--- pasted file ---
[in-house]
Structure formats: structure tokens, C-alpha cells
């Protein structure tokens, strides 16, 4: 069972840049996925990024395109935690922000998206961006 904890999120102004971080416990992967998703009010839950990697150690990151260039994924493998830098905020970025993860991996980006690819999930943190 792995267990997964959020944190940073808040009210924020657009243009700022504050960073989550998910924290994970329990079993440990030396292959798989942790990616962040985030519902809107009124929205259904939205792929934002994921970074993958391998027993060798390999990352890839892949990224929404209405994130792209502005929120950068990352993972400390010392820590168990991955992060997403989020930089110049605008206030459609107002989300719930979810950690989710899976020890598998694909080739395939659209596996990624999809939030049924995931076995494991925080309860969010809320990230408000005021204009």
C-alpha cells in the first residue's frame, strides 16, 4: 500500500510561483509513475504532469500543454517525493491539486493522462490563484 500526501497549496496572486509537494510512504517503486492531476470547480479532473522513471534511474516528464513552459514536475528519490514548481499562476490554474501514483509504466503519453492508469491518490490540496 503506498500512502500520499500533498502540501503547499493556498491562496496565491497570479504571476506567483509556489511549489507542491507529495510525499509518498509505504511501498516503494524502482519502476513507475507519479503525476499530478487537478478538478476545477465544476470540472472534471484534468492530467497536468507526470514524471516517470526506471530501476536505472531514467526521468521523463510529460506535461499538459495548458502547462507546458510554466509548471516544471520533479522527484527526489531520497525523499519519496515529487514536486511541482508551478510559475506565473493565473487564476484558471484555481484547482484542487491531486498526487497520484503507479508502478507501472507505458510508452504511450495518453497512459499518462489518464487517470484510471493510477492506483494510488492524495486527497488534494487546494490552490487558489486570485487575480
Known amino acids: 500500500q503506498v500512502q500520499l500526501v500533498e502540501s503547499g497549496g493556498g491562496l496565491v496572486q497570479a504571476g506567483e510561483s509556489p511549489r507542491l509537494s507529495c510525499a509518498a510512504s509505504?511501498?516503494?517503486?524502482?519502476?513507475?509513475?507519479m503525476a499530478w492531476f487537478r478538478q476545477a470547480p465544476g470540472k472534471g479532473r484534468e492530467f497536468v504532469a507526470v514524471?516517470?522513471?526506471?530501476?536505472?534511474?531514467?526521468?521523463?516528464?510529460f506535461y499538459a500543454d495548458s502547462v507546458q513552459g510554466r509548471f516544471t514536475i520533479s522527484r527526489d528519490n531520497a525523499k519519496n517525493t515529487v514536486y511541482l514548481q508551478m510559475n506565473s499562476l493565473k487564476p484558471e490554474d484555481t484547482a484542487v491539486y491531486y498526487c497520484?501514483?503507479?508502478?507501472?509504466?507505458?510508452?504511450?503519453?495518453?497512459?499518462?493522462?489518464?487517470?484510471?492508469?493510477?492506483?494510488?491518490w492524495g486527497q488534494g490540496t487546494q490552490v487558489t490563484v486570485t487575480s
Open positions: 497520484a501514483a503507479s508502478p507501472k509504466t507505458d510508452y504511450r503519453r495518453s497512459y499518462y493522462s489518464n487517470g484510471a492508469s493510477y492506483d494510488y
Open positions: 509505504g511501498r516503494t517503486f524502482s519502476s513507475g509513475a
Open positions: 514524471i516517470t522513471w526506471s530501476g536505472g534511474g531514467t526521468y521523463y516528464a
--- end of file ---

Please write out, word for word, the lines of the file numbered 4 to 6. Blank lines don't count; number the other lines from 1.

C-alpha cells in the first residue's frame, strides 16, 4: 500500500510561483509513475504532469500543454517525493491539486493522462490563484 500526501497549496496572486509537494510512504517503486492531476470547480479532473522513471534511474516528464513552459514536475528519490514548481499562476490554474501514483509504466503519453492508469491518490490540496 503506498500512502500520499500533498502540501503547499493556498491562496496565491497570479504571476506567483509556489511549489507542491507529495510525499509518498509505504511501498516503494524502482519502476513507475507519479503525476499530478487537478478538478476545477465544476470540472472534471484534468492530467497536468507526470514524471516517470526506471530501476536505472531514467526521468521523463510529460506535461499538459495548458502547462507546458510554466509548471516544471520533479522527484527526489531520497525523499519519496515529487514536486511541482508551478510559475506565473493565473487564476484558471484555481484547482484542487491531486498526487497520484503507479508502478507501472507505458510508452504511450495518453497512459499518462489518464487517470484510471493510477492506483494510488492524495486527497488534494487546494490552490487558489486570485487575480
Known amino acids: 500500500q503506498v500512502q500520499l500526501v500533498e502540501s503547499g497549496g493556498g491562496l496565491v496572486q497570479a504571476g506567483e510561483s509556489p511549489r507542491l509537494s507529495c510525499a509518498a510512504s509505504?511501498?516503494?517503486?524502482?519502476?513507475?509513475?507519479m503525476a499530478w492531476f487537478r478538478q476545477a470547480p465544476g470540472k472534471g479532473r484534468e492530467f497536468v504532469a507526470v514524471?516517470?522513471?526506471?530501476?536505472?534511474?531514467?526521468?521523463?516528464?510529460f506535461y499538459a500543454d495548458s502547462v507546458q513552459g510554466r509548471f516544471t514536475i520533479s522527484r527526489d528519490n531520497a525523499k519519496n517525493t515529487v514536486y511541482l514548481q508551478m510559475n506565473s499562476l493565473k487564476p484558471e490554474d484555481t484547482a484542487v491539486y491531486y498526487c497520484?501514483?503507479?508502478?507501472?509504466?507505458?510508452?504511450?503519453?495518453?497512459?499518462?493522462?489518464?487517470?484510471?492508469?493510477?492506483?494510488?491518490w492524495g486527497q488534494g490540496t487546494q490552490v487558489t490563484v486570485t487575480s
Open positions: 497520484a501514483a503507479s508502478p507501472k509504466t507505458d510508452y504511450r503519453r495518453s497512459y499518462y493522462s489518464n487517470g484510471a492508469s493510477y492506483d494510488y